India received the English educational system, an expansion of its coal and iron mining, and plantations for tea, coffee, and cotton. Metal-plated roads and a hundreds of miles of railway linked the major cities and the coast. Telegraph lines stretched 4,000 miles. Agricultural and social reform occurred as well. Indians became increasingly Anglicized. They joined the civil service and published English-language as well as vernacular journals. Indians also became nationalistic in the 19th century. To ease conflicting Muslim and Hindu nationalisms in the late 19th century, the British wanted to partition Bengal into Muslim east and Hindu west.
British East India expanded by absorption of its neighbors. Border disputes with Burma in 1824, 1852, and 1885 resulted in Britain’s taking of upper Burma into the Raj as India beyond the Ganges. Burma became a Crown Colony in 1937 and independent in 1948.
Punjab was a region of interest from the 1830s and eventually became part of India. Indian Ghurkas ruling Nepal fought a war with northwest India (1814–16). They conceded territory and Ghurka troops fought in the British and Indian armies. Bhutan and the East India Company had a treaty of cooperation from 1774. After a war in 1864, Britain had oversight of Bhutan’s external affairs. The role was taken first by British India (1910) then by independent India (1947). Bhutan became independent in 1949.
Overseas service under Great Britain command in World War I increased pressure for more Indian participation, with the Indians always a step ahead of what Britain would grant. Finally, after World War II, British India ended, replaced by independent India and Pakistan in 1947. The transition was violent, with perhaps 500,000 dead, and a migration of 11 million Hindus, Sikhs, and Muslims. And states such as Hyderabad that wanted independence had to choose either India or Pakistan. Hyderabad chose India, as did Kashmir despite being predominantly Muslim.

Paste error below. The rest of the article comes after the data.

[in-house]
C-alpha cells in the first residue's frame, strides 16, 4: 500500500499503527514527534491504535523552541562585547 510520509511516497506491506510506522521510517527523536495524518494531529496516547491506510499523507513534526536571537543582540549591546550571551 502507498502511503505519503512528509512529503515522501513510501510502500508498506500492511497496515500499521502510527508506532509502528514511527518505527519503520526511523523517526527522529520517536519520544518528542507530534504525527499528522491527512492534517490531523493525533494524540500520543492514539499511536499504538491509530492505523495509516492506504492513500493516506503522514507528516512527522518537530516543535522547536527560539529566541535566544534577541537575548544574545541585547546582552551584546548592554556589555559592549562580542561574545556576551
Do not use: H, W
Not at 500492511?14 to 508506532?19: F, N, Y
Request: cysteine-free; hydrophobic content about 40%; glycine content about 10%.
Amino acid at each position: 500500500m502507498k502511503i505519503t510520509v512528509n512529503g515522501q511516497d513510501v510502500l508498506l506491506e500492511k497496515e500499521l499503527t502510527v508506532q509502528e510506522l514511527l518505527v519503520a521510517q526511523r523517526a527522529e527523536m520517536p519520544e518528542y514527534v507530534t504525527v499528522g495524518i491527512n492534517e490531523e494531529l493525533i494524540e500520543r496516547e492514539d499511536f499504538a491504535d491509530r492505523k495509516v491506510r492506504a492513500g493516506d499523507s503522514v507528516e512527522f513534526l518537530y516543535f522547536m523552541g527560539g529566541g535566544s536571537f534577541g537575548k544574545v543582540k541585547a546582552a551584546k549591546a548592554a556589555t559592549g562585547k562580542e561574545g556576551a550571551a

Britain gave India its university system and its middle class and elite cultural artifacts such as clubs and gyms. Britain standardized grammar, gave away dictionaries, and provided the printing press, the Kalighat school of painting of the 19th century, and cricket as well as scotch and soda.
For the dams, roads, sanitation, and other infrastructure Britain gave India, in return it imposed laws requiring India to produce plantation crops. British restrictions on Indian manufactures kept the economy dependent. The shift from agriculture for internal consumption increased Indian risks of famine and death. By the 1880s, India took as much as 20 percent of British imports. By 1900, India paid Britain £10 million per year in interest and also paid salaries and pensions for the colonial administrators. India paid well for British improvements.
"History of India in Maps,” www.indiahistory.com (March 2004); S.M. Burke, and Salim al-Din Quraishi, The British Raj in India: An Historical Review (Oxford University Press, 1997); Lawrence James, Raj: The Making and Unmaking of British India (St. Martin’s Press, 1998); Zachary Nunn, "The British Raj,” www.drake.edu (March 2004).
JOHN BARNHILL, PH.D.